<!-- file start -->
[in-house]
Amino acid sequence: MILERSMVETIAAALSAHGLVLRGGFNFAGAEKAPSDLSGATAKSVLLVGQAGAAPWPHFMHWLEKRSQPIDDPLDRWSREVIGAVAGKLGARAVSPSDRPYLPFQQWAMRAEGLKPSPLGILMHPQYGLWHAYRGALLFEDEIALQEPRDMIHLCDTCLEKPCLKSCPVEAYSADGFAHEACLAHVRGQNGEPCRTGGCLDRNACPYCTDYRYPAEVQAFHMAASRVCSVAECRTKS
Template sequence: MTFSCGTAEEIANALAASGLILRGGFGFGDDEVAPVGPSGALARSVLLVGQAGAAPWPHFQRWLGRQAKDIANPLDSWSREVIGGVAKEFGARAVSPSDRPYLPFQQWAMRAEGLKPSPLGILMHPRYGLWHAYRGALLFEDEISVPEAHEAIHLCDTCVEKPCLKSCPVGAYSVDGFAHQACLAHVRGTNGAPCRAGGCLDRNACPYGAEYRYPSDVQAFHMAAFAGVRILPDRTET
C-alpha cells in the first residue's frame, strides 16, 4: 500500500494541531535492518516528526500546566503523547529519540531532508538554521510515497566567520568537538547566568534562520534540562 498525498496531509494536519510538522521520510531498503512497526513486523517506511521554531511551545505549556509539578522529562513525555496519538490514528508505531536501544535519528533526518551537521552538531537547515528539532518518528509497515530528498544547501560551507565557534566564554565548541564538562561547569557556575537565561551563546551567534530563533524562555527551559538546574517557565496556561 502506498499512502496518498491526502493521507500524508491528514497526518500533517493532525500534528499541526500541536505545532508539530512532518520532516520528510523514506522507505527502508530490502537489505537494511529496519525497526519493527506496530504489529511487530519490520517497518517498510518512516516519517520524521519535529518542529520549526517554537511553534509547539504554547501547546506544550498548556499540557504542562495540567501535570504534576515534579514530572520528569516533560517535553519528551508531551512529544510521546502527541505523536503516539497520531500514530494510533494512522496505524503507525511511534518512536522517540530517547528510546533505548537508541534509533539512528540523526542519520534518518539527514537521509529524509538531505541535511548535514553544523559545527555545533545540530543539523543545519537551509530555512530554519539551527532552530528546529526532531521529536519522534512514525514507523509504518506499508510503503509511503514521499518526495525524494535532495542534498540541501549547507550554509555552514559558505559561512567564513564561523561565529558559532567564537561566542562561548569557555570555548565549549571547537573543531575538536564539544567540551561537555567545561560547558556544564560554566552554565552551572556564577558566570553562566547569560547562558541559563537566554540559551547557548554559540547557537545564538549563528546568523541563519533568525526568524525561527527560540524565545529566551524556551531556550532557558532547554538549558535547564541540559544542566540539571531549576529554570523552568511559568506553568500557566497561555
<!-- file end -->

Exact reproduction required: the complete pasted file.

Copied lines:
[in-house]
Amino acid sequence: MILERSMVETIAAALSAHGLVLRGGFNFAGAEKAPSDLSGATAKSVLLVGQAGAAPWPHFMHWLEKRSQPIDDPLDRWSREVIGAVAGKLGARAVSPSDRPYLPFQQWAMRAEGLKPSPLGILMHPQYGLWHAYRGALLFEDEIALQEPRDMIHLCDTCLEKPCLKSCPVEAYSADGFAHEACLAHVRGQNGEPCRTGGCLDRNACPYCTDYRYPAEVQAFHMAASRVCSVAECRTKS
Template sequence: MTFSCGTAEEIANALAASGLILRGGFGFGDDEVAPVGPSGALARSVLLVGQAGAAPWPHFQRWLGRQAKDIANPLDSWSREVIGGVAKEFGARAVSPSDRPYLPFQQWAMRAEGLKPSPLGILMHPRYGLWHAYRGALLFEDEISVPEAHEAIHLCDTCVEKPCLKSCPVGAYSVDGFAHQACLAHVRGTNGAPCRAGGCLDRNACPYGAEYRYPSDVQAFHMAAFAGVRILPDRTET
C-alpha cells in the first residue's frame, strides 16, 4: 500500500494541531535492518516528526500546566503523547529519540531532508538554521510515497566567520568537538547566568534562520534540562 498525498496531509494536519510538522521520510531498503512497526513486523517506511521554531511551545505549556509539578522529562513525555496519538490514528508505531536501544535519528533526518551537521552538531537547515528539532518518528509497515530528498544547501560551507565557534566564554565548541564538562561547569557556575537565561551563546551567534530563533524562555527551559538546574517557565496556561 502506498499512502496518498491526502493521507500524508491528514497526518500533517493532525500534528499541526500541536505545532508539530512532518520532516520528510523514506522507505527502508530490502537489505537494511529496519525497526519493527506496530504489529511487530519490520517497518517498510518512516516519517520524521519535529518542529520549526517554537511553534509547539504554547501547546506544550498548556499540557504542562495540567501535570504534576515534579514530572520528569516533560517535553519528551508531551512529544510521546502527541505523536503516539497520531500514530494510533494512522496505524503507525511511534518512536522517540530517547528510546533505548537508541534509533539512528540523526542519520534518518539527514537521509529524509538531505541535511548535514553544523559545527555545533545540530543539523543545519537551509530555512530554519539551527532552530528546529526532531521529536519522534512514525514507523509504518506499508510503503509511503514521499518526495525524494535532495542534498540541501549547507550554509555552514559558505559561512567564513564561523561565529558559532567564537561566542562561548569557555570555548565549549571547537573543531575538536564539544567540551561537555567545561560547558556544564560554566552554565552551572556564577558566570553562566547569560547562558541559563537566554540559551547557548554559540547557537545564538549563528546568523541563519533568525526568524525561527527560540524565545529566551524556551531556550532557558532547554538549558535547564541540559544542566540539571531549576529554570523552568511559568506553568500557566497561555